Having led a successful offshore project of GlaxoSmithKline's transactional procurement activity a few years back, I know a fair bit about what's involved from a technology, process/knowledge transfer, employee training and necessary new management structure needed to ensure a smooth transition. This offshore project was of course to an India-based BPO as was the fad at the time. I've been out of this space for a while but my eruditions were:
1. It takes a huge amount of detailed tactical planning to be successful. I was fortunate to a have Denise Bamford as part of my Global Systems and Operations organization leading the project. She was not only an expert in the transactional procurement space but a really strong project leader as well.
2. It's more costly than one might think. Straight one-to-one labor arbitrage looks attractive. But it doesn't work that way. The BPO's add layers of management to ensure their service offering works and this creates additional cost. There are savings, at least initially, but how long that remains the case is debatable.
3.You have to deal with very high employee turnover rates and accelerated salary inflation. Employee turnover rates of 30-40% were the expectation a couple of years back and this of course helped to accelerate salary inflation as BPO's attempted to stabilize their workforces. These high turnover rates drove higher costs and lower quality of services provided. Think of the upheaval caused in your own businesses if you were dealing with annual employee turnover of 40%.
The US has lost a considerable number of jobs to the "offshore" effort. Many argue it didn't have a detrimental effect on the US economy. I personally disagree as do those displaced from their former employment. I believe there are some good reasons for U.S. businesses to reconsider those off shore decisions and I don't consider myself to be a protectionist.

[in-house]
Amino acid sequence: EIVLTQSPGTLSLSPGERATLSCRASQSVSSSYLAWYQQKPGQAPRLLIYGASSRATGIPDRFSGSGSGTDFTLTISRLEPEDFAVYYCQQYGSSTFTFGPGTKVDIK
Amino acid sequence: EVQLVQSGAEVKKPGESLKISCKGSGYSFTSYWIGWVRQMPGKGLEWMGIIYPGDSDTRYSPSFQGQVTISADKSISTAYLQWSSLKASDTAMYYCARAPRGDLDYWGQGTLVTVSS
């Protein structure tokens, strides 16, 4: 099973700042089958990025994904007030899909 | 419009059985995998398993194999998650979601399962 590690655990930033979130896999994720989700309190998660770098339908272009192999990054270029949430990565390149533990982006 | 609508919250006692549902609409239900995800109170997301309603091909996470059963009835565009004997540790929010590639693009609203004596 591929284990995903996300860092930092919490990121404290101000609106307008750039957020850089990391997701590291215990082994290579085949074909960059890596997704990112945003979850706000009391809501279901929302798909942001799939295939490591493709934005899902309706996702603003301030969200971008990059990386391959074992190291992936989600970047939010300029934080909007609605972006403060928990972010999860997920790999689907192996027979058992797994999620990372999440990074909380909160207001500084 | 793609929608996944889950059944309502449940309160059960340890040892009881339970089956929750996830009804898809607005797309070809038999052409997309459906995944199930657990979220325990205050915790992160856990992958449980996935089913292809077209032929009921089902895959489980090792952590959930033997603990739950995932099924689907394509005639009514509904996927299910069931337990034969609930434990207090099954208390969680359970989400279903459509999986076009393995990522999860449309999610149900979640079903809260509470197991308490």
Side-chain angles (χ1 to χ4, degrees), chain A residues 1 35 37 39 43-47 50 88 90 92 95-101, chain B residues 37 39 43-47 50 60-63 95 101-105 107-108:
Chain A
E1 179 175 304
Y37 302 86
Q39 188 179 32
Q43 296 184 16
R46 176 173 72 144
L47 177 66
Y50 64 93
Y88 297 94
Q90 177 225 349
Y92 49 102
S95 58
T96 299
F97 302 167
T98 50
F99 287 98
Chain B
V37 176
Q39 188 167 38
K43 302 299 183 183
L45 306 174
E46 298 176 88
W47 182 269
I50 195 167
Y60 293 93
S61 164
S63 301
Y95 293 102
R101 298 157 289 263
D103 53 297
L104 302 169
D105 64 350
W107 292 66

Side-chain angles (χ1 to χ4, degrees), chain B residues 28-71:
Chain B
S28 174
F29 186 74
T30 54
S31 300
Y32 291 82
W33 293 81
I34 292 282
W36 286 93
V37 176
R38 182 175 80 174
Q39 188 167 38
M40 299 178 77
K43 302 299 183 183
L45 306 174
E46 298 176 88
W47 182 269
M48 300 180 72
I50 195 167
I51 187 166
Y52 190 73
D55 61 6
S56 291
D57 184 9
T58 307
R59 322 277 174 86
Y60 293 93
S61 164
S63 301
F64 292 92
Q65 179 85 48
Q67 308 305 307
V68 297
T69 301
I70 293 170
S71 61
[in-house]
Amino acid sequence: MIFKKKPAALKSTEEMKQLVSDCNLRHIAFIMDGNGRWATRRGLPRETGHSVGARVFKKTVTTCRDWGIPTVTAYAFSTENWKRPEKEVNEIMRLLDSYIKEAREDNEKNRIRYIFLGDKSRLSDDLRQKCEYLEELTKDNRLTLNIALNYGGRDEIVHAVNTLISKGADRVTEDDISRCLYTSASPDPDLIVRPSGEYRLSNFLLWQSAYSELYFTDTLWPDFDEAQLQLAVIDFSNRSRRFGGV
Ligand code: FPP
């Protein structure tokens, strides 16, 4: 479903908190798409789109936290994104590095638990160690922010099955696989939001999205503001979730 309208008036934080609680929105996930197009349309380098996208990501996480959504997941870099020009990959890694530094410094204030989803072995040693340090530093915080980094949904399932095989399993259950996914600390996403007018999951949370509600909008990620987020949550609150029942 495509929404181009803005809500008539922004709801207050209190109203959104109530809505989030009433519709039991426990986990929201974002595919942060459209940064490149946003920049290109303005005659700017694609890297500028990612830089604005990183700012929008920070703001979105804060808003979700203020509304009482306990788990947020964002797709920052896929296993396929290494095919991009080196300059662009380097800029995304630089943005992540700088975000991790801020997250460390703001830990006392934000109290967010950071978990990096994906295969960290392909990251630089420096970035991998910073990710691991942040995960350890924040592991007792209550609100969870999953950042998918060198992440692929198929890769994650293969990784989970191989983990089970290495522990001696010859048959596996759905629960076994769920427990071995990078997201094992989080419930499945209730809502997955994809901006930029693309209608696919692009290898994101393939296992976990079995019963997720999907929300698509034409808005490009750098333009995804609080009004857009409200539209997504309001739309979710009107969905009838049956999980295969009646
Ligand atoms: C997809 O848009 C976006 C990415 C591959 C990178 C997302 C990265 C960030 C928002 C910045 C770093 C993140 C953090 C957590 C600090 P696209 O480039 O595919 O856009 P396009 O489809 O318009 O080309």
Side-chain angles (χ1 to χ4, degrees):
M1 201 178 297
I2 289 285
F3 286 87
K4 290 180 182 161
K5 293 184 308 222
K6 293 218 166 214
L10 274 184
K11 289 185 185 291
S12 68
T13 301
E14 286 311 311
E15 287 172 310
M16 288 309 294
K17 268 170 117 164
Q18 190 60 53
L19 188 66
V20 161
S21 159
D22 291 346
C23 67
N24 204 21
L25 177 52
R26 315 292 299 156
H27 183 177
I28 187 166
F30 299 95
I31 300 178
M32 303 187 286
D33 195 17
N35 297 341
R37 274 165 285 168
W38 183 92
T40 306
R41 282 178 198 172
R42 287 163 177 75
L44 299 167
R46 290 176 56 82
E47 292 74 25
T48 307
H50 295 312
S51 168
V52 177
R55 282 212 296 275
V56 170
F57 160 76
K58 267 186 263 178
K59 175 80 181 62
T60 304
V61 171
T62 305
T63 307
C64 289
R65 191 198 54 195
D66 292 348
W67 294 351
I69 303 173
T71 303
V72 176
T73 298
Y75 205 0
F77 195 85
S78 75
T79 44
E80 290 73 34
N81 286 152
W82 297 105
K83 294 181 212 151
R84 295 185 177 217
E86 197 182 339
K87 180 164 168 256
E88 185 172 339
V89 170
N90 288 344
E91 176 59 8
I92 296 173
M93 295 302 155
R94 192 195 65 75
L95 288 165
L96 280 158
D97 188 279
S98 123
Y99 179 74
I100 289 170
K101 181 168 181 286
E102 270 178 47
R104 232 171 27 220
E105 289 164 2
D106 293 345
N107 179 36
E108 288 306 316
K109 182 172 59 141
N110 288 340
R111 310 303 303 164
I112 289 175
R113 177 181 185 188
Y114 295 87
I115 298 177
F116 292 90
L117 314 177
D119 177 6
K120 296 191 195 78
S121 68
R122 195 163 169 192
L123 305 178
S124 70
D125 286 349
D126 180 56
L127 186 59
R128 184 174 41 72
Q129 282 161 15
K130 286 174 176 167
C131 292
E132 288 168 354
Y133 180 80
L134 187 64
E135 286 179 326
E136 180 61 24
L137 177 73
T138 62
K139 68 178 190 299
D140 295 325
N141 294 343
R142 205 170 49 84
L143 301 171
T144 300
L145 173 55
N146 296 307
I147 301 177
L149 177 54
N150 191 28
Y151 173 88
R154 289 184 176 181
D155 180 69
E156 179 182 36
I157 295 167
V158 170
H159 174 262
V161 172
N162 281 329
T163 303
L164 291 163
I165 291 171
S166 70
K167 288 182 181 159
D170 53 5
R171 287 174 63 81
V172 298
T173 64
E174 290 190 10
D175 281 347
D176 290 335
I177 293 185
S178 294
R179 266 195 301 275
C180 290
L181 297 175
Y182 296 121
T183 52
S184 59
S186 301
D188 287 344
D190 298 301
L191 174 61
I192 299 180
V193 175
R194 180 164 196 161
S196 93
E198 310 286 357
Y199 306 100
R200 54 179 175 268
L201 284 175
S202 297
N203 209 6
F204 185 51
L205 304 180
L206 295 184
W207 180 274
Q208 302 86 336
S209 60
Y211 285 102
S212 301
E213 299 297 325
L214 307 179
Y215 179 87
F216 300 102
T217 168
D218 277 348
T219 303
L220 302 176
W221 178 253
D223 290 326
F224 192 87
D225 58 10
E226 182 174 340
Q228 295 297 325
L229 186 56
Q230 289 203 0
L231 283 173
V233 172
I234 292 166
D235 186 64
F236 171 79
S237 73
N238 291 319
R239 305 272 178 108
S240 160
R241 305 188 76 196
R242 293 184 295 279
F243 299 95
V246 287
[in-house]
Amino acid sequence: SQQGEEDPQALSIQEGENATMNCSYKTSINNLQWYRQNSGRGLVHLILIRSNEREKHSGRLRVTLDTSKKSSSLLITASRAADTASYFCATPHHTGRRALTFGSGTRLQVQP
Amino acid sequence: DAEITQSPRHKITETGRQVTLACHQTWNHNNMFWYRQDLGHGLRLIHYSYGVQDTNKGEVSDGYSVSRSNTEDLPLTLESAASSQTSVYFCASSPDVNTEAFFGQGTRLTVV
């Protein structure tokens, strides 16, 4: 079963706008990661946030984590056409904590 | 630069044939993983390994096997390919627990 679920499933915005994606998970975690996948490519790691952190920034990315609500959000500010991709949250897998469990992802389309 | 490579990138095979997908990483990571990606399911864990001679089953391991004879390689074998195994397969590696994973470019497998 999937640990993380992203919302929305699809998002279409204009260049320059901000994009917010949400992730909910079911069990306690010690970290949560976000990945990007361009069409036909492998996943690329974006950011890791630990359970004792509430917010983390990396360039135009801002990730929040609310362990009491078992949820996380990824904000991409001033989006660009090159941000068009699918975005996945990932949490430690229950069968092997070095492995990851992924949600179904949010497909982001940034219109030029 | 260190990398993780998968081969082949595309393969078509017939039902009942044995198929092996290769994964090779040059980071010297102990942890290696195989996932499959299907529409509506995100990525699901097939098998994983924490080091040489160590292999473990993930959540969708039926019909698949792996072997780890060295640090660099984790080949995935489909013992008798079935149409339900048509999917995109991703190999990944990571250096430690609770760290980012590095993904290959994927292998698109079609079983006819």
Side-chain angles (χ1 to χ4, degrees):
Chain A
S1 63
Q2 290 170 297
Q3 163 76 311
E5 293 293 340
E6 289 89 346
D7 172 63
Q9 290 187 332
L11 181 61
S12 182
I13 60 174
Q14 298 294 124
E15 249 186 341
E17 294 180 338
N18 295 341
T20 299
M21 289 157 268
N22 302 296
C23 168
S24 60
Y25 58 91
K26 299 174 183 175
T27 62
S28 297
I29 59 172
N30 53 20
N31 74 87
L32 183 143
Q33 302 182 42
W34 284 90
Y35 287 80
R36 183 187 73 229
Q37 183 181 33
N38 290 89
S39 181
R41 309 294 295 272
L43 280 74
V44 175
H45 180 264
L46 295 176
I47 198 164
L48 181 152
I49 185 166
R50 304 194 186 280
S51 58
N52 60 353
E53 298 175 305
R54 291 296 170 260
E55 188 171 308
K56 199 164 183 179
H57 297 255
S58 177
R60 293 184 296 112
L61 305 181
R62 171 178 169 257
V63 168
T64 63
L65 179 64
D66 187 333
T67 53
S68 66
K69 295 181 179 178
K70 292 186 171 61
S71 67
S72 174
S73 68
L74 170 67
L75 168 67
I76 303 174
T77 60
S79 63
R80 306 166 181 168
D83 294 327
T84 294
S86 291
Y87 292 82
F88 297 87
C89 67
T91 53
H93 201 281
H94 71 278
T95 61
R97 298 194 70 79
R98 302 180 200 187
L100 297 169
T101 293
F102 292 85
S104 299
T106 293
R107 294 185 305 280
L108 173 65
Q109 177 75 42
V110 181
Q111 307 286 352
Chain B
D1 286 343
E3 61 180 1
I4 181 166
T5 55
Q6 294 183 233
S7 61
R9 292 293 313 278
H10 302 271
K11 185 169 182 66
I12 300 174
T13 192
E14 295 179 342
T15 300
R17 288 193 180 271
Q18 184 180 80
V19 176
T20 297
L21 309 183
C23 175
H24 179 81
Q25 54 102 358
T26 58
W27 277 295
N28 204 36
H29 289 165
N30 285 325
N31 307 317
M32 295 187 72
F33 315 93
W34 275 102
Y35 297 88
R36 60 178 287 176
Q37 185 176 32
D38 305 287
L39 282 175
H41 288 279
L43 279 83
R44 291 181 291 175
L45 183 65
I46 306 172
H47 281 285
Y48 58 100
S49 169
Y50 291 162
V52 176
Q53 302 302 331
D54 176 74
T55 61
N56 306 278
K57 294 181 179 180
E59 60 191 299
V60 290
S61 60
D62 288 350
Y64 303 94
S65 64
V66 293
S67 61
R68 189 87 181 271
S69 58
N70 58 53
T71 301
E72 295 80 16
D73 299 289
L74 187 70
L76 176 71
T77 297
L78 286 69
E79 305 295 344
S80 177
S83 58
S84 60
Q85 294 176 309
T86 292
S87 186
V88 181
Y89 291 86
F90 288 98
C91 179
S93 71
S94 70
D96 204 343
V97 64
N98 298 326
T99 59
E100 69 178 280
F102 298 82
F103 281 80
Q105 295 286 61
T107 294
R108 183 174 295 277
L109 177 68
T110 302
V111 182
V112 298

I have a great business colleague who has become a trusted advisor and friend. His name is Curtis Wynn and he was the first African American CEO of a rural electric cooperative power company (Roanoke Electric Co-Op) when he took the position in Roanoke Rapids, NC. in 1997. Roanoke Rapids has a long history of poverty. It is part of a group of towns and cities along the southeastern coast of the United States that lost most of their manufacturing base decades ago with the change in the textile industry.
Unfortunately, this entire area has a multitude of quality of life indicators that are statistically worse than the national average, including birth mortality rates, lower life expectancy, higher rates of cardio-vascular disease, and nutrition-related diseases such as type 2 diabetes and even rickets. Children fortunate enough to go to college almost always move away. Without a major intervention -- a real and lasting economic stimulus -- things will not change in Roanoke Rapids, or in the other terribly distressed areas along the southeastern seaboard and inland.
Now the great thing about Curtis Wynn is he's a tireless advocate for Roanoke Rapids, which is located in Halifax County. I first met Curtis in 2004 soon after he had purchased and was promoting "Roanoke On-line", a very cost effective solution for businesses to conduct electronic sourcing. More importantly, Curtis has worked diligently to identify and pre-approve minority, small and other disadvantaged businesses especially in the trades and construction categories. His latest effort is to create a "Who's Who" electronic listing of all minority, small and disadvantaged businesses as a way to help get qualified businesses better positioned and visible to Corporations making sourcing decisions. When combined with his company's on-line sourcing capability, he has the ability to quickly locate diverse businesses and get them competing in a fair, ethical and transparent way through online bidding. This is quite an impressive capability coming from such an impoverished area.